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  1. Not going to be PVC as it looks like original capsule prooflike dollar which (as mine is holdered) cannot be opened.
  2. Sorry Roger the nose is not right for Trumpio
  3. One pricing methodology I know of could be beneficial to some of you. You could track coins I buy and note the down arrows in nearly every coin I recently purchased.
  4. Yes I took advantage myself. If anything I need some reholdering done and maybe a couple shots at Star
  5. I understand that if Great Collections sold a coin with a price over 1k there would be no seller commission taken. At Heritage those fees are collected on the buyer and the seller, so what do you think their commissions would be ?
  6. Do you think it is telling that when money was backed by real gold and silver the ratio was 20 or 30 to one ? Compared to today when it is unclear how much gold (or silver) is still ours, at 100 to one you would think silver is a good buy. Boy how wrong I was !
  7. I think it is just a matter of priority for updating price guides. I don't really see the point to price guide maintenance since it's already done by many other group thinkers. I recently requested registry review for a couple dates in a set and it took 6 weeks to confirm info that has been known for decades. But guess what - they got 'er done for me ! I just don't see price guide maintenance to be a money maker. Can someone demonstrate that I am wrong ?
  8. I think it is not only fair for Heritage to comment but necessary because they provide the venue for this sale as well as taking a commission. I've consigned material with dealers before and have been told my price was too high and would not list them as such. Don't forget Heritage stands to make 20k or more knowing full well they have already profited from the sale of this same coin in the past !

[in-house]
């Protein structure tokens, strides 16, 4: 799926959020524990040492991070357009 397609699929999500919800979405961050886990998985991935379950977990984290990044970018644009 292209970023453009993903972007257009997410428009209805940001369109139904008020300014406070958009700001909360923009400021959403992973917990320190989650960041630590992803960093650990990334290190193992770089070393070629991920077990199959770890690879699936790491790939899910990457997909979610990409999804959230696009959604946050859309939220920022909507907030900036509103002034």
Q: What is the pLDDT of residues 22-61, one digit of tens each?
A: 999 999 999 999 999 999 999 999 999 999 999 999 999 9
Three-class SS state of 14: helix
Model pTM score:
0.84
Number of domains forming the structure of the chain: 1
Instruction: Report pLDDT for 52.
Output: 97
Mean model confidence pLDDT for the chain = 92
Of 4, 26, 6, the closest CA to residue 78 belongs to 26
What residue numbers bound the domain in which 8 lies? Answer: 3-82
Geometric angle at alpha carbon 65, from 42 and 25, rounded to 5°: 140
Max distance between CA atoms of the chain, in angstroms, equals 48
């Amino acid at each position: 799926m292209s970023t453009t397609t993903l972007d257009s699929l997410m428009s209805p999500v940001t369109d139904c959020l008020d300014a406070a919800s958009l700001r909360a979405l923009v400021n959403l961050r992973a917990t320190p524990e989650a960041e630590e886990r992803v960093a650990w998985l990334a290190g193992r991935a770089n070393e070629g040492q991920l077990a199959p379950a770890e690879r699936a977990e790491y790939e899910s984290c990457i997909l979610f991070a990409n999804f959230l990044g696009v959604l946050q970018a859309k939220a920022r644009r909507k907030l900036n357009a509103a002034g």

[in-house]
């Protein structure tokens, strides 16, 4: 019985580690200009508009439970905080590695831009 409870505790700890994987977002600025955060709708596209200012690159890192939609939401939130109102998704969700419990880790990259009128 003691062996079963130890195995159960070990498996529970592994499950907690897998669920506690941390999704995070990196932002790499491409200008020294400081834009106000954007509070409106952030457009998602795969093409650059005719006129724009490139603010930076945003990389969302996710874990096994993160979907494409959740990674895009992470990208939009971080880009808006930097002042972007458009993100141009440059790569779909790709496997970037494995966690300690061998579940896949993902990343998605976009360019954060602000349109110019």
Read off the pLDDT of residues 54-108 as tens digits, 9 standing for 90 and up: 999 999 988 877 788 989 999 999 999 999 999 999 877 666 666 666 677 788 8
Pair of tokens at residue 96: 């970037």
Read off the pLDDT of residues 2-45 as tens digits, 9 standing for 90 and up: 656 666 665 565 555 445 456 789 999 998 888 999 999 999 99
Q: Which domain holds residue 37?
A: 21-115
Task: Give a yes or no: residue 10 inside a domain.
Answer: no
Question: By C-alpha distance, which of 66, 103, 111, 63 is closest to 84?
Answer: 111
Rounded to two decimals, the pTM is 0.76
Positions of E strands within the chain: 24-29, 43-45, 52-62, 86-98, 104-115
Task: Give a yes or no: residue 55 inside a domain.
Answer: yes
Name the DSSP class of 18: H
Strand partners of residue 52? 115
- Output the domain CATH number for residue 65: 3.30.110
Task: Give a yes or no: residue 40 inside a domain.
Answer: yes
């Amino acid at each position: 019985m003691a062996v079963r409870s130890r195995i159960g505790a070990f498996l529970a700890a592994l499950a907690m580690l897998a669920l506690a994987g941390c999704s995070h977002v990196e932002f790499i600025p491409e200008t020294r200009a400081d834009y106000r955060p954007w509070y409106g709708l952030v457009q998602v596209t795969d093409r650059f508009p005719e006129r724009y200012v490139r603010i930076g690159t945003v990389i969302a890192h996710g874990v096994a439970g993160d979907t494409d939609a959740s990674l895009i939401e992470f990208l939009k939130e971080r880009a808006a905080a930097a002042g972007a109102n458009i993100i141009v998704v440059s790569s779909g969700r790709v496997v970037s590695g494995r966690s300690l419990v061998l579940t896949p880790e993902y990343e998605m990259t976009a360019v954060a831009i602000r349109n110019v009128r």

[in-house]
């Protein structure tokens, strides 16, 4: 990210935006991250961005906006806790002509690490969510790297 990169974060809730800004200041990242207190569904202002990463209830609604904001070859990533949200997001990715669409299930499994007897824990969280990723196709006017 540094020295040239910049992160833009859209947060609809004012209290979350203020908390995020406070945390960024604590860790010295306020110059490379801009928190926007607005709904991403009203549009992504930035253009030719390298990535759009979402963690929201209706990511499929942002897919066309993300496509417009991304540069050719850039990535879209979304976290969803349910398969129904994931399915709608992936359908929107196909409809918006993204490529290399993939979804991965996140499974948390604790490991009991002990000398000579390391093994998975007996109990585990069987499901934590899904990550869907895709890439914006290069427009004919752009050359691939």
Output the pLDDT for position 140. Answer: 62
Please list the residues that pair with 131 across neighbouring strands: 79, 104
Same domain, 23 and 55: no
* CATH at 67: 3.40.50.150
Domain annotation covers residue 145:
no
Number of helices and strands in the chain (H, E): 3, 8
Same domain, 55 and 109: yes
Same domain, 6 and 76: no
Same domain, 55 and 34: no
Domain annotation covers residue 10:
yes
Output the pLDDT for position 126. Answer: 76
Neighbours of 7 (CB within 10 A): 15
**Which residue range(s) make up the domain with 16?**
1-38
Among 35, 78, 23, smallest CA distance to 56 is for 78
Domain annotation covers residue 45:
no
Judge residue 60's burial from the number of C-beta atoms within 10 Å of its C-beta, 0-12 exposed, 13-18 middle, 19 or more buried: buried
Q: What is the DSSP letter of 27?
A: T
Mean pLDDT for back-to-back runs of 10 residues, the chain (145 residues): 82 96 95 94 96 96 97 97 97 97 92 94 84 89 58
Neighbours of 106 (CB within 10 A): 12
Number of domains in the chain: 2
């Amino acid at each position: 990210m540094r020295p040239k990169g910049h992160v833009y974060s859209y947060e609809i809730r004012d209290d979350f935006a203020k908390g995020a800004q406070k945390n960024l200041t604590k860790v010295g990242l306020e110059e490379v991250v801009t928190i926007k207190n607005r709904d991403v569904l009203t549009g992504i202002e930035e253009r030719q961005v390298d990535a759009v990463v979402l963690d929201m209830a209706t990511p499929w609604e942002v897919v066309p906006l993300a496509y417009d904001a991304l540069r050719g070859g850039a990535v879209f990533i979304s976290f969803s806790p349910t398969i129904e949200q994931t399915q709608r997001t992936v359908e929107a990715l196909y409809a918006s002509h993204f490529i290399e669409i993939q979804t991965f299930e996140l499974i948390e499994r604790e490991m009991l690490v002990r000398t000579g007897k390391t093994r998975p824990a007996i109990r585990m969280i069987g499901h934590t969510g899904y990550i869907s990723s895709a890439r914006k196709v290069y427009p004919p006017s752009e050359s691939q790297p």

9. Auction prices are only guides and show typical prices realized for typical coins offered for sale. Outstanding coins often don't make it to auction because collectors realize that they need to pay up for the better material. This is why CDN prices are often only relevant to dealers. When I see knockout coins I need, I am willing to pay what it takes to obtain them.
  10. It's still the same coin and I'll bet the next time it changes hands it doesn't bring half
  11. Disgrace is a fitting description of any dictatorship in today's society. Also how about evil, dehumanizing, immoral and never-to-be-trusted.
  12. Now that we know past auction history, who I wonder set this asking price ?
  13. Yes I too believe that very few collectors will pay premiums for die varieties or die pair designation on Franklins. That said I thought it interesting that my coin has a die pair designation from an expert 15 years ago.
  14. Definitely looks like a proof judging by the rims. Have never heard of this coins' existence but looking at the coin number I see it was graded in the last few years.
  15. Here is an earlier purchase from 2005. Rick used to issue RT letters with most purchases and my letter shows this one to be from die 5 (a top die from this year). So while I paid top dollar for this one I feel like I was lucky to get one that later got a CAC veriication. Also I think these die varieties will be market accepted simply because no mint record of dies used have yet been found or published. It's also noteworthy that these few die pairs struck far to many coins in 1950 and little if any repolishing was done resulting in many coins not looking like proofs let alone deep mirrored cameo proofs. Incidentally there are some 1950 cameos with deeper mirrors and more contrast in Pf 65 Cameo that sell for 3 to 5 thousand dollars. This one not quite that much.